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Bosnia-Herzegovina: Children lead in bridging ethnic divide

“Blessed are the peacemakers, for they will be called sons of God.”
— Matthew 5:9 (NIV)


January 2008



Two children enjoy fun and games in the snow at World Vision's winter peace camp in Bosnia-Herzegovina.
Ivana Vidovic, 13 (background), from Republika Srpska, enjoys fun and games in the snow with Neira Mustafic, 12, from the Bosniak/Croat Federation at World Vision's winter peace camp. The camp was the culmination of World Vision's efforts to bridge cultural gaps and bring reconciliation to communities in an Eastern European country torn by ethnic conflict. © 2007 Susan Cuthbert/World Vision
Schoolchildren and teachers from communities divided by bitter ethnic strife joined together to learn peace-building and cooperation skills at a winter camp in the Balkan country of Bosnia-Herzegovina.

Participating schools came from the Bosniak/Croat Federation and Republika Srpska mini-states. Tensions between the communities remain high following years of war from 1992 to 1995.

The camp was the climax of World Vision's peace education project — a yearlong peace-building effort in 12 schools in northeastern Bosnia.

'Real people with pure souls'

World Vision education coordinator Maja Djukić said one aim of the project was to promote understanding and acceptance of cultural and ethnic diversity. Children embraced the program with enthusiasm, though initially there was some reluctance from teachers.

"It was difficult for many of them to sit and work together at the same table, yet they eventually found new friends on the other side," Djukić said.

Among them was participating teacher Muzijet Kahrimanovic from the Bosniak/Croat Federation. Kahrimanovic said at first he was shocked that his school principal selected him to be involved.

"It was really hard for me to accept the fact that I would work together with people from Republika Srpska," he said.

But later, he admitted the project had completely transformed his outlook. "It helped me to understand that real people exist in Republika Srpska — real people with pure souls. This is something I had to accept."

Activities to bridge gaps

Newly formed friendships transcended cultural and ethnic differences at World Vision's winter peace camp in Bosnia-Herzegovina.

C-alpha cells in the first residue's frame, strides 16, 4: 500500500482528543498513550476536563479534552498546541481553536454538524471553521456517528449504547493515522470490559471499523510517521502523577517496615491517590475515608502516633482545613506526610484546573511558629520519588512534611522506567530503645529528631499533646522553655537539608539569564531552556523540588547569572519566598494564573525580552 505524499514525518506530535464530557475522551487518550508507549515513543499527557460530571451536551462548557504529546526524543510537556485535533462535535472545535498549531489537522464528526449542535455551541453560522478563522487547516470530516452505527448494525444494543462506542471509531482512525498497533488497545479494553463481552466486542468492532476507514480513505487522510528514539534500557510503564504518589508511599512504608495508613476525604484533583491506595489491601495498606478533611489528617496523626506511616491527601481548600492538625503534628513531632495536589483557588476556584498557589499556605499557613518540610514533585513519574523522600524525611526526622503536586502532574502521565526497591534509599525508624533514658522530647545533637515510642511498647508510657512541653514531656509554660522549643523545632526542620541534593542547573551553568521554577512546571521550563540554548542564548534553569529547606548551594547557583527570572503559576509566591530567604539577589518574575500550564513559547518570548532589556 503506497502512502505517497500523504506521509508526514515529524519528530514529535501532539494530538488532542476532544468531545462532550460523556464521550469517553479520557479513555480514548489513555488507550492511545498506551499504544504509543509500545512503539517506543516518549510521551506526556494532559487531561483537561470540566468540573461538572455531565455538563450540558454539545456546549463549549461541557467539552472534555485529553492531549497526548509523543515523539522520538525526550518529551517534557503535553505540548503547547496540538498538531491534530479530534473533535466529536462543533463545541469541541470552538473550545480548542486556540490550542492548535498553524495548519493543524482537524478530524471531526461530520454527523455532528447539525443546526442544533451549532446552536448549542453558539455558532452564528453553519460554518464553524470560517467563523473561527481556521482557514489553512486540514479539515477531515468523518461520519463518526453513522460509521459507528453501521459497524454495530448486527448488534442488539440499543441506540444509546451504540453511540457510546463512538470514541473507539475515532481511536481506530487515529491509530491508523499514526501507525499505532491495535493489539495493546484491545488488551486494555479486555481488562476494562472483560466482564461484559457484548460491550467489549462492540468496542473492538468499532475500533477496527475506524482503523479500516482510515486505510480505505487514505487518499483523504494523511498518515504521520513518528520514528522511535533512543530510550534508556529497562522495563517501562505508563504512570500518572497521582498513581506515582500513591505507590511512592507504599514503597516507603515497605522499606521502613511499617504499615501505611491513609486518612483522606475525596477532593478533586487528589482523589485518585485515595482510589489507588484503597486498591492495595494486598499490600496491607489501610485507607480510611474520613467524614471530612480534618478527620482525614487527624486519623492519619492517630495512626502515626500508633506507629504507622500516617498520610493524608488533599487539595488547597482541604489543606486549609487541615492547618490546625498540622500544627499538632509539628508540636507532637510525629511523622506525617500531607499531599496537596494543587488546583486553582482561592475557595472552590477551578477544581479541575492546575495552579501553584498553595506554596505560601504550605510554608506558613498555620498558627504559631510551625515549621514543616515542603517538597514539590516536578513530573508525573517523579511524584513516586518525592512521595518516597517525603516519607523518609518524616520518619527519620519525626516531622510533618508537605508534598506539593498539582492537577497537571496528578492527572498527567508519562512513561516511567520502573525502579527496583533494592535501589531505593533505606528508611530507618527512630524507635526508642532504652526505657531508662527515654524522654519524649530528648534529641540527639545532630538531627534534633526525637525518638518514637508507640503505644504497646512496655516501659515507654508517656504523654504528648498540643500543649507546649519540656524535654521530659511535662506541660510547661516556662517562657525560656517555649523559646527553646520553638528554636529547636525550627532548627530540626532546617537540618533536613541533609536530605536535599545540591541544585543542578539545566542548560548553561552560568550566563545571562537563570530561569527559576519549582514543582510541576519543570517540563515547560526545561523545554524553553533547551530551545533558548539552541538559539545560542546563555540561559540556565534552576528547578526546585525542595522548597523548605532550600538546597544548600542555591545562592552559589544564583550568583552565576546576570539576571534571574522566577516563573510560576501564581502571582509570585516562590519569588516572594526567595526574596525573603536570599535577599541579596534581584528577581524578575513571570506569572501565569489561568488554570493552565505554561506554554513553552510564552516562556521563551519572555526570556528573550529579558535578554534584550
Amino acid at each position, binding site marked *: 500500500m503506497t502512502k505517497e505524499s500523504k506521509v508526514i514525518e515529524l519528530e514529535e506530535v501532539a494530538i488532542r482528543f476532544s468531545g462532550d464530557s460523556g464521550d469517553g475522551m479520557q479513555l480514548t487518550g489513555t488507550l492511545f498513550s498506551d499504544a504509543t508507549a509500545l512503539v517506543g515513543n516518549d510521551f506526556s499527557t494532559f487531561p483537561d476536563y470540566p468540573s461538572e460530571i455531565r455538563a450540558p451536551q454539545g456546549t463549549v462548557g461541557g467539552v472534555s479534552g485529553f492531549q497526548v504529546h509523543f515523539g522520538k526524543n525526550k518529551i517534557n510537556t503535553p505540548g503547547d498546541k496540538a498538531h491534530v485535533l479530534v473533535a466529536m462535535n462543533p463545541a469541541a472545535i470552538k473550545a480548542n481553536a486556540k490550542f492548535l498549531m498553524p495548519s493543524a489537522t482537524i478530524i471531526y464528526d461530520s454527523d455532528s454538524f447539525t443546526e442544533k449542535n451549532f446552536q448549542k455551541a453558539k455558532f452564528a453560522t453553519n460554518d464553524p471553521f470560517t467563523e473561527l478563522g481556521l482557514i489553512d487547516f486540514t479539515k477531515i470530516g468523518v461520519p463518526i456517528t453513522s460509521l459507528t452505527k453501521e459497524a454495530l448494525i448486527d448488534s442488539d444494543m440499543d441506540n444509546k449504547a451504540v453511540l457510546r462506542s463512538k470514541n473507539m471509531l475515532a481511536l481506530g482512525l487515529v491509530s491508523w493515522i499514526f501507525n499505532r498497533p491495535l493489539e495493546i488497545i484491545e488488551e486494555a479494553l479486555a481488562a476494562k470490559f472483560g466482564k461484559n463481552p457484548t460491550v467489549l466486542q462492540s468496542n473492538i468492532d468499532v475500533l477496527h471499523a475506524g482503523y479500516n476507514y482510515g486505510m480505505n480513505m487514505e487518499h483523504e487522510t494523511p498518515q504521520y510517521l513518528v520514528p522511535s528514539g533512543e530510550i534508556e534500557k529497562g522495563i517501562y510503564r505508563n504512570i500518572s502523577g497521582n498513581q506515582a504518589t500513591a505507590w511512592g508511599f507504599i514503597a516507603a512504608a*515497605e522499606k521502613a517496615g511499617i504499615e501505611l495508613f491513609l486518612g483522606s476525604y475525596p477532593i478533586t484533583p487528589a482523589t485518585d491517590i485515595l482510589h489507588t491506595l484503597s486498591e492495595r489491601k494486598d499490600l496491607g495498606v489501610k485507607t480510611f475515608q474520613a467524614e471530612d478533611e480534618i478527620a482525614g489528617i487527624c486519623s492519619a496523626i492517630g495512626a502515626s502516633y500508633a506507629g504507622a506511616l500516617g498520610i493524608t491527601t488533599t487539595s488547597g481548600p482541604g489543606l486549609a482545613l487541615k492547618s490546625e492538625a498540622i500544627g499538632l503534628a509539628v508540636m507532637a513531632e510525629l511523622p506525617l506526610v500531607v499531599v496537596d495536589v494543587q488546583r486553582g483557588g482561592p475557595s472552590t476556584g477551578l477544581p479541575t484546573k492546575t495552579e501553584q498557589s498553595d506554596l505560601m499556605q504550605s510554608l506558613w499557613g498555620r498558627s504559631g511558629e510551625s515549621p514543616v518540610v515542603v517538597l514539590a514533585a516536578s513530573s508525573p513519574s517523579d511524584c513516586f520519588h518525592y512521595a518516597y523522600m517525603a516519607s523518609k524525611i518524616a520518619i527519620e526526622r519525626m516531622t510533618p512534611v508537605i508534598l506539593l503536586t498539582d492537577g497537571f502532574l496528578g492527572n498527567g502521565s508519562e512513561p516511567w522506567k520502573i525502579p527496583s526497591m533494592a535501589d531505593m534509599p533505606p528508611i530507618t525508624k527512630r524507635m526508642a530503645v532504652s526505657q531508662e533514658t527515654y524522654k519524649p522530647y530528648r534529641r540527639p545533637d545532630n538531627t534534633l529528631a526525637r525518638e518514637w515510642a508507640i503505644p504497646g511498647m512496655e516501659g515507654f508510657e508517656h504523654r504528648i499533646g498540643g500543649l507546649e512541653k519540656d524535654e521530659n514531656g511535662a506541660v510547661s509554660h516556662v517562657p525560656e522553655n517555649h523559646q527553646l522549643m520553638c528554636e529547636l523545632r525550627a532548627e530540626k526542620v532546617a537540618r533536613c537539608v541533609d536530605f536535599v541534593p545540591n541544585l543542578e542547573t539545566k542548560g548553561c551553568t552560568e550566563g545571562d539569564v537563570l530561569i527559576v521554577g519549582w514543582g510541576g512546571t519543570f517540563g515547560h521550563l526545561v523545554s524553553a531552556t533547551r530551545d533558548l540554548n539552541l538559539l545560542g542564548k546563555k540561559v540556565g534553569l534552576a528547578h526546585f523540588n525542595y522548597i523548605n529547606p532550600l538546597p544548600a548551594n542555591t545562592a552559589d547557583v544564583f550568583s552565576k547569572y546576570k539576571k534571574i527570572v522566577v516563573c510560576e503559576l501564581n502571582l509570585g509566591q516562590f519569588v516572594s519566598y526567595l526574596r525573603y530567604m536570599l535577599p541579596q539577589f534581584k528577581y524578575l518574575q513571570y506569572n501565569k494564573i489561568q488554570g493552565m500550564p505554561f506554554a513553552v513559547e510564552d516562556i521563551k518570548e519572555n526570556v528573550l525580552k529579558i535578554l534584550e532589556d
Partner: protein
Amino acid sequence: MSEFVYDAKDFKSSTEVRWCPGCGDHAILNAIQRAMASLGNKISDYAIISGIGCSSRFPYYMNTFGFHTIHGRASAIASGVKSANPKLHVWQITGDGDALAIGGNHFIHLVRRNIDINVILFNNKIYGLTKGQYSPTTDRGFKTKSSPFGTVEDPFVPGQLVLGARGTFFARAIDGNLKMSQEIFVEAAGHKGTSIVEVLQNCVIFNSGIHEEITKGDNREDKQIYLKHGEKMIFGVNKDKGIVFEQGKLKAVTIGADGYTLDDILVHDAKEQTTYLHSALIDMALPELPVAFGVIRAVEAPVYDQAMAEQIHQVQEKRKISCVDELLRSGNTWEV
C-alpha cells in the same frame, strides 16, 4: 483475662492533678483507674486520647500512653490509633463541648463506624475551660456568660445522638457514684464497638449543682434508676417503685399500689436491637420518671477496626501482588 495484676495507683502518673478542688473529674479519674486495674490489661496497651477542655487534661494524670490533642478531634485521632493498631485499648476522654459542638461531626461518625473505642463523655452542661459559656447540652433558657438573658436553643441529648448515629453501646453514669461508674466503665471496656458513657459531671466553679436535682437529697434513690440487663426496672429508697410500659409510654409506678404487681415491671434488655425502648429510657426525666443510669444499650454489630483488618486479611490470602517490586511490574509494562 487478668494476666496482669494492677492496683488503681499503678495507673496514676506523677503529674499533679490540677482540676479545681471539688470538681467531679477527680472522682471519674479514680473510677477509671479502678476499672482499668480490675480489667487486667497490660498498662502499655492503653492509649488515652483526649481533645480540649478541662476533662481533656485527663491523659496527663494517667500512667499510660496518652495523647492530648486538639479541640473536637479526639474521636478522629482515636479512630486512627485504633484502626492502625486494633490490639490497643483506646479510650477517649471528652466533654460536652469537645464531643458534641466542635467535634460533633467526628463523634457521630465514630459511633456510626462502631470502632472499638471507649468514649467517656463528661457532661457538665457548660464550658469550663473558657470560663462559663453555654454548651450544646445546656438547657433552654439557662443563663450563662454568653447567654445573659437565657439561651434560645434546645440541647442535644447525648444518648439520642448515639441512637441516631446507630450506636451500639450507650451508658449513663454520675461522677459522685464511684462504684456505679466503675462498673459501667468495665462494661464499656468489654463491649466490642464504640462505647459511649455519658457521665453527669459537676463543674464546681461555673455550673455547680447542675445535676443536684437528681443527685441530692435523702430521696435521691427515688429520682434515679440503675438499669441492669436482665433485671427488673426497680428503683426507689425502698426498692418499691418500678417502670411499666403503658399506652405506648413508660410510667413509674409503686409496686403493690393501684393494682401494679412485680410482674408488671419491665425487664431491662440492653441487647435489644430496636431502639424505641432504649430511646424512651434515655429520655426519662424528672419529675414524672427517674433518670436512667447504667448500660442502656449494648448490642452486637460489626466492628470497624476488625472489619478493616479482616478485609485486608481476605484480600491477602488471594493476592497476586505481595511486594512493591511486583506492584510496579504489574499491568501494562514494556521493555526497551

Newly formed friendships transcended cultural and ethnic differences at World Vision's winter peace camp in Bosnia-Herzegovina.
© 2007 Susan Cuthbert/World Vision

Altogether, 24 children attended the camp, which was held at a mountain lodge. All of them were representatives on student councils at their respective schools.

Teambuilding games included "Egg Package," where teams designed a package to prevent an egg from breaking when dropped; "Survival Scenario," where teams chose the 12 most useful items to survive following an imaginary plane crash; and "The Net," in which team members supported one another to pass through a net strung across the room.

'Everyone must help everyone else'


Participant Safet Memić, 13, said the camp had been a lot of fun and the children had learned a lot through games: "I've learned how to negotiate, to take a step back if necessary, and that everyone must help everyone else."

Maida Huseinović, 12, said children had made friends from both communities: "It's the first time I've had the chance to attend something like this and learn teamwork."

The Bosniak/Croat Federation is primarily composed of Bosniaks and Croats, while the Republika Srpska is dominated by Serbs. War between the different ethnic groups erupted in 1992 following the breakup of the former Yugoslavia. Peace was declared in 1995 after the signing of the Dayton peace agreement by the warring parties.


Learn more


>> Read an article about World Vision's efforts to spread the word of God's love across Eastern Europe, including Bosnia and Herzegovina, through its Youth Bible Curriculum program.

Two ways you can help

>> Pray for reconciliation and peace in Bosnia and Herzegovina, a place marred by years of ethnic conflict. Pray that World Vision's peace-building efforts would help bring an increased understanding of and respect for cultural and ethnic diversity in communities across this Eastern European nation.
>> Donate now to World Vision's Youth Bible Curriculum program, which helps spread the word of God's love to children across Eastern Europe.

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